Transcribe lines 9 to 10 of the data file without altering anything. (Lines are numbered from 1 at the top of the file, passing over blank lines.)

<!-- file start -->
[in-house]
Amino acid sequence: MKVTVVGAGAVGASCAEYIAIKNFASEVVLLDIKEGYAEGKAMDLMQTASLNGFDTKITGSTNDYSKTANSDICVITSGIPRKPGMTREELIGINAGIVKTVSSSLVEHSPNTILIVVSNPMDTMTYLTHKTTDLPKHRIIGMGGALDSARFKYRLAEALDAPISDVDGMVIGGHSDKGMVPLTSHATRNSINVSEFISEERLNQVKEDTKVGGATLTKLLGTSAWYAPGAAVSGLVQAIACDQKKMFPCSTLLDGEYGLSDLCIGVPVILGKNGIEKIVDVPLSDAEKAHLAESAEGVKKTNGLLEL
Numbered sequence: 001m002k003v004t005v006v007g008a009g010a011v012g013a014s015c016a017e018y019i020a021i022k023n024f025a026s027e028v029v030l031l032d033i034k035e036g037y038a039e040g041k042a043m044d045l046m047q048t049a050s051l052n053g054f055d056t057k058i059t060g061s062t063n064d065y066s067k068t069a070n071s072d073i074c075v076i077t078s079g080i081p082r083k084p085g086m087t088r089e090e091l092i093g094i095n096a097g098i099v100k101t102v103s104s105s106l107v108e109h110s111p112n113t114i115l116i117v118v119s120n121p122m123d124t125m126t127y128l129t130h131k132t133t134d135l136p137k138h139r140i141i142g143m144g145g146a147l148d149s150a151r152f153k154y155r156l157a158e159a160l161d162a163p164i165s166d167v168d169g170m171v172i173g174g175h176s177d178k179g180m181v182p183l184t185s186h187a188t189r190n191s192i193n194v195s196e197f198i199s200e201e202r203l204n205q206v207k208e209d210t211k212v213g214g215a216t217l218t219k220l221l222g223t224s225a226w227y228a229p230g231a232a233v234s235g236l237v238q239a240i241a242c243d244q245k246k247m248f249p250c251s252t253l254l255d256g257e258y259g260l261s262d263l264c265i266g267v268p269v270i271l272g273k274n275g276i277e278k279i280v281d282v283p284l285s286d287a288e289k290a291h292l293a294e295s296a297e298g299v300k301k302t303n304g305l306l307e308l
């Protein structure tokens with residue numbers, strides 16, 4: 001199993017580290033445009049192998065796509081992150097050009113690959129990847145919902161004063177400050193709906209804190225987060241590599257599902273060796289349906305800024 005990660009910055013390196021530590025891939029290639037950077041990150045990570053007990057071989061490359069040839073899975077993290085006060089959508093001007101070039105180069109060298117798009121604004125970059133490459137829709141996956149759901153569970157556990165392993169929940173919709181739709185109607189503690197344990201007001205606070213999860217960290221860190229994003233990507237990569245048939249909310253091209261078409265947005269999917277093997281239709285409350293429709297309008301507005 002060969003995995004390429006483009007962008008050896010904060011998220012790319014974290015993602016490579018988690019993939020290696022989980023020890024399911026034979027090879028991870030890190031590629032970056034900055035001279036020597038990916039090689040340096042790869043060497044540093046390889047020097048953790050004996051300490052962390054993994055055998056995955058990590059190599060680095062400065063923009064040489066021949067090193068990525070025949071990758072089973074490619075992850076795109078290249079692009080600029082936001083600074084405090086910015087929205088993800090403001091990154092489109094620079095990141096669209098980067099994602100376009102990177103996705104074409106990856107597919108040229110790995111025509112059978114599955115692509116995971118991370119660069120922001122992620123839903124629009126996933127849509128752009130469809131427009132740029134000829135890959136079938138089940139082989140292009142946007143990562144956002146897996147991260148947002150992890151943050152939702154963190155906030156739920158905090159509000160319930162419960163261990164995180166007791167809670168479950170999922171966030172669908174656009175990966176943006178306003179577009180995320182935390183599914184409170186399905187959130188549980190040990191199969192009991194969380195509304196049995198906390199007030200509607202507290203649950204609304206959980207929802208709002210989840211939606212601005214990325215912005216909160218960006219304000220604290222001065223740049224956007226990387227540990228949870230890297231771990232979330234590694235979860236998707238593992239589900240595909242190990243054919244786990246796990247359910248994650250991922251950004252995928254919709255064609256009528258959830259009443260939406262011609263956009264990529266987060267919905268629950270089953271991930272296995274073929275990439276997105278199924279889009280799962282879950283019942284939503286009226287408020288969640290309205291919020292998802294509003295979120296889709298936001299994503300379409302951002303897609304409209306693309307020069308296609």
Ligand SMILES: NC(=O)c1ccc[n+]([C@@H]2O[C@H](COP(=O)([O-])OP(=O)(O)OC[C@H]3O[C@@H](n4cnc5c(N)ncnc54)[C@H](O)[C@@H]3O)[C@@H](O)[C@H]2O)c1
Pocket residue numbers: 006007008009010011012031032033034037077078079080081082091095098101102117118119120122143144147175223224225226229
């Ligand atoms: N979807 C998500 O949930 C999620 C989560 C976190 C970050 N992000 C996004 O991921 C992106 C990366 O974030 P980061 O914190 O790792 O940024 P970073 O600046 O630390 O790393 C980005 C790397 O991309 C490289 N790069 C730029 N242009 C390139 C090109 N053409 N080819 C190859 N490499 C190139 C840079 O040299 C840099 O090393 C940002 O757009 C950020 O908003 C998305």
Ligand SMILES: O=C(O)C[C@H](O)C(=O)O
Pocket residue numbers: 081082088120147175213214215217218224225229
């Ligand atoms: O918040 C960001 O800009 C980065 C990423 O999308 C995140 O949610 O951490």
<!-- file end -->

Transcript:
Pocket residue numbers: 081082088120147175213214215217218224225229
């Ligand atoms: O918040 C960001 O800009 C980065 C990423 O999308 C995140 O949610 O951490």